The Hebrew word tsela is translated as “rib” only in these two verses. The other forty times it is used in the Old Testament refer to architectural structures, such as side rooms of the temple, the side walls of the temple lined with cedar, the two sides or leaves of the temple doors, and the sides of the ark of the covenant.
“Made” is a translation of the Hebrew banah, which is better translated as “built.” This verb is also the root meaning of the Hebrew words ben (“son”), eben (“stone”), and beth (“house, family or daughter”). The Hebrew idiom “to be built up” (used of women like Sarah in Genesis 16:2 or Rachel in Genesis 30:3) means “to become the mother of a family or to acquire children.”
“Bone” is the translation of the Hebrew etsem, which may be related to the Hebrew word ets, which means “tree or wood.” Sometimes a human skeleton is poetically compared to a tree growing inside a person.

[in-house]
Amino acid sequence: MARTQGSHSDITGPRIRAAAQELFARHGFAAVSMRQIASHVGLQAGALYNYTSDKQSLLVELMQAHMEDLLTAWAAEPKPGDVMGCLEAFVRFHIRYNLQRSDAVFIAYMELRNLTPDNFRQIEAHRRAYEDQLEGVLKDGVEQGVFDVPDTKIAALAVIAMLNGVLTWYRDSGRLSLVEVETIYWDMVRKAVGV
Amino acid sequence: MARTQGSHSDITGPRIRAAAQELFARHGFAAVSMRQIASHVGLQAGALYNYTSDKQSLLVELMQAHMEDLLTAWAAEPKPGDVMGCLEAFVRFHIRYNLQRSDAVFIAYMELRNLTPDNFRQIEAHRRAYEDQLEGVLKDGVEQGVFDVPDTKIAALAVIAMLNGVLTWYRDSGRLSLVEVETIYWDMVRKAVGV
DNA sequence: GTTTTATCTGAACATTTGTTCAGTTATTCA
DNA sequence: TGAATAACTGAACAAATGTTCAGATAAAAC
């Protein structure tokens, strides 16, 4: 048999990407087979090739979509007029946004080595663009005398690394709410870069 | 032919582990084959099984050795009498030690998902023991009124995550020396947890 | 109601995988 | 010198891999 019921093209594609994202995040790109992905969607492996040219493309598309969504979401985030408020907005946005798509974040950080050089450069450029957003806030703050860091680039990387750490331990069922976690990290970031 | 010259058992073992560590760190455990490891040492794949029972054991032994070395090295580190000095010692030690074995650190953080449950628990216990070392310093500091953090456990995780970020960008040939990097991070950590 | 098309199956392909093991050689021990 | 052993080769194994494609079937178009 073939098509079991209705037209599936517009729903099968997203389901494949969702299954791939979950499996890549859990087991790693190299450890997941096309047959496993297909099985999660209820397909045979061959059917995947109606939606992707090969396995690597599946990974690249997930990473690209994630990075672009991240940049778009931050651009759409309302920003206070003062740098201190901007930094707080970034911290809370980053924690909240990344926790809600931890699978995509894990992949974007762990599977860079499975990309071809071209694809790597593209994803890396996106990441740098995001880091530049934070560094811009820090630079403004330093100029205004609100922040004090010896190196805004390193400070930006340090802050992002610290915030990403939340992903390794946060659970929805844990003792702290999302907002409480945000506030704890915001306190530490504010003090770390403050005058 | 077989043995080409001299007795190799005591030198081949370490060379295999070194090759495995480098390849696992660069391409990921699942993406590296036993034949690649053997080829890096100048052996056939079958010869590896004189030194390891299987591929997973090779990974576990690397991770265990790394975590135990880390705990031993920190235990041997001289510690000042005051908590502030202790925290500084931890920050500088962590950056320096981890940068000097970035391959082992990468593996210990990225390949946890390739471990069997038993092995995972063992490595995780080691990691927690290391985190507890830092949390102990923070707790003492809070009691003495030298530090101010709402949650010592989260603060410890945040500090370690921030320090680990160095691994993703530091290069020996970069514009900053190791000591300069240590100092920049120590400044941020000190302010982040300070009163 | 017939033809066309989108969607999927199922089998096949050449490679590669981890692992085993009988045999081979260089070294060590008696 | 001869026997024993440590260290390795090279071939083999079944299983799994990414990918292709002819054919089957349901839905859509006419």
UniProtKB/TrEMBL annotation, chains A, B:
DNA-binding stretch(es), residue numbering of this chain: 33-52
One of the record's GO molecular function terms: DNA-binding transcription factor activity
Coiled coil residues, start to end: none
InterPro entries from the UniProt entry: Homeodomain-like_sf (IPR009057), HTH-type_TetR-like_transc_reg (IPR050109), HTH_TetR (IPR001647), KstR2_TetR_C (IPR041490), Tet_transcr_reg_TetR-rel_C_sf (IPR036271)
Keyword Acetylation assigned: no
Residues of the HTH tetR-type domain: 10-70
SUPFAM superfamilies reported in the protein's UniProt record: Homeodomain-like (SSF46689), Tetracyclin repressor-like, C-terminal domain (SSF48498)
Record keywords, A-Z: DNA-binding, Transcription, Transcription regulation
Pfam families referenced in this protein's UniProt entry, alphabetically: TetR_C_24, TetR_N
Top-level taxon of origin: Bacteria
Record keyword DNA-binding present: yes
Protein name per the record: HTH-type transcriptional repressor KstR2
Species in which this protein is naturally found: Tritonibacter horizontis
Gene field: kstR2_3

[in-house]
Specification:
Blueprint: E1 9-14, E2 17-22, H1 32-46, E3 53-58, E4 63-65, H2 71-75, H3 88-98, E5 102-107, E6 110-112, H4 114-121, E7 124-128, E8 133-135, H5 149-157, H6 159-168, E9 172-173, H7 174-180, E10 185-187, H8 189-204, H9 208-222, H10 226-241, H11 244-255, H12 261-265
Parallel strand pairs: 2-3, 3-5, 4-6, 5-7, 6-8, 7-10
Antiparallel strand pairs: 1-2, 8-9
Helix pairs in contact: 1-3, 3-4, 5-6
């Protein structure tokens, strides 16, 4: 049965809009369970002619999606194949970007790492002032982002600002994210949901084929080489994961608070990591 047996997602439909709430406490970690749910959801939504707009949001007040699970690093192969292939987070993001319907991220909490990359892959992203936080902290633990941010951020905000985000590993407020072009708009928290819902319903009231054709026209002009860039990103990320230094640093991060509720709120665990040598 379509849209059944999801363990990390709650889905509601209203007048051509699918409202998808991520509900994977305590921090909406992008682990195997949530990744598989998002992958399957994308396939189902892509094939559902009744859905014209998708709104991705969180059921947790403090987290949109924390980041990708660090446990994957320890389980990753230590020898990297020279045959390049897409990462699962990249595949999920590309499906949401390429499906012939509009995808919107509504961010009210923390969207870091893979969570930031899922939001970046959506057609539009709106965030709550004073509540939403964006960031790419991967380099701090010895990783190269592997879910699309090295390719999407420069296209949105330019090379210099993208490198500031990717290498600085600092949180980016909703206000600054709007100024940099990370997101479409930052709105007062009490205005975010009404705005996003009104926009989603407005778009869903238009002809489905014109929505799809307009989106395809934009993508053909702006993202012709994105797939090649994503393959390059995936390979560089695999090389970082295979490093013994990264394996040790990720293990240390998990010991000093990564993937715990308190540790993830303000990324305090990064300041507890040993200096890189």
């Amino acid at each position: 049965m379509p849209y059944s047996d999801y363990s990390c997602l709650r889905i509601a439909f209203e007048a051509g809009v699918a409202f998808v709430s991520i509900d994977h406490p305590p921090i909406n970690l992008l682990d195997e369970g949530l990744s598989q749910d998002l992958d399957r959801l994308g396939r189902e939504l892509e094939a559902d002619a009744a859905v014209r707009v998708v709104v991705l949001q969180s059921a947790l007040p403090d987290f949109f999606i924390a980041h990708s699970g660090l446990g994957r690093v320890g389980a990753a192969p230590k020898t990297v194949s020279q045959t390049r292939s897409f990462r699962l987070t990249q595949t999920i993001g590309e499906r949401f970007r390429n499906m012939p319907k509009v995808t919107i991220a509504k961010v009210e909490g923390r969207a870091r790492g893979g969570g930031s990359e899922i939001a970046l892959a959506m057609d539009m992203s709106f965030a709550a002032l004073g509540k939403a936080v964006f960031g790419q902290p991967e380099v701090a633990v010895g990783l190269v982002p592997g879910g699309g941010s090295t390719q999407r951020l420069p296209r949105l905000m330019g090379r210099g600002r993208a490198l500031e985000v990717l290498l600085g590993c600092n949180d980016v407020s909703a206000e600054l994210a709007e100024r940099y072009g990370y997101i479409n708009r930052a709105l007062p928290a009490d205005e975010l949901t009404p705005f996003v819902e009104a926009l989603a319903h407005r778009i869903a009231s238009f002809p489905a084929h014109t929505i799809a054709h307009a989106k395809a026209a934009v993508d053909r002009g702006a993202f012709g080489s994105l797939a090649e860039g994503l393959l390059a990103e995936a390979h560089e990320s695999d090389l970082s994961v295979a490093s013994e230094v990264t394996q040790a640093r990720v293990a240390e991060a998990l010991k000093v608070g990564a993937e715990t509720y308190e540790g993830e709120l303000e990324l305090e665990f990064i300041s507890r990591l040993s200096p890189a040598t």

“Cleave” is the translation of the Hebrew dabaq, which also describes our relationship with God. In Deuteronomy 13:4, several words from Genesis 2 are used: “Ye shall walk after the Lord [yhvh] your God [elohim], and fear him, and keep [shomer] his commandments, and obey his voice, and ye shall serve [avodah] him, and cleave [dabaq] unto him.”
 Joshua Abraham Heschel, The Sabbath: Its Meaning for Modern Man (New York, NY: Noonday Press, 1951), 9.
 See Genesis 6:9; 10:1; 11:10; 11:27; 25:12, 19; 36:1, 9; and 37:2.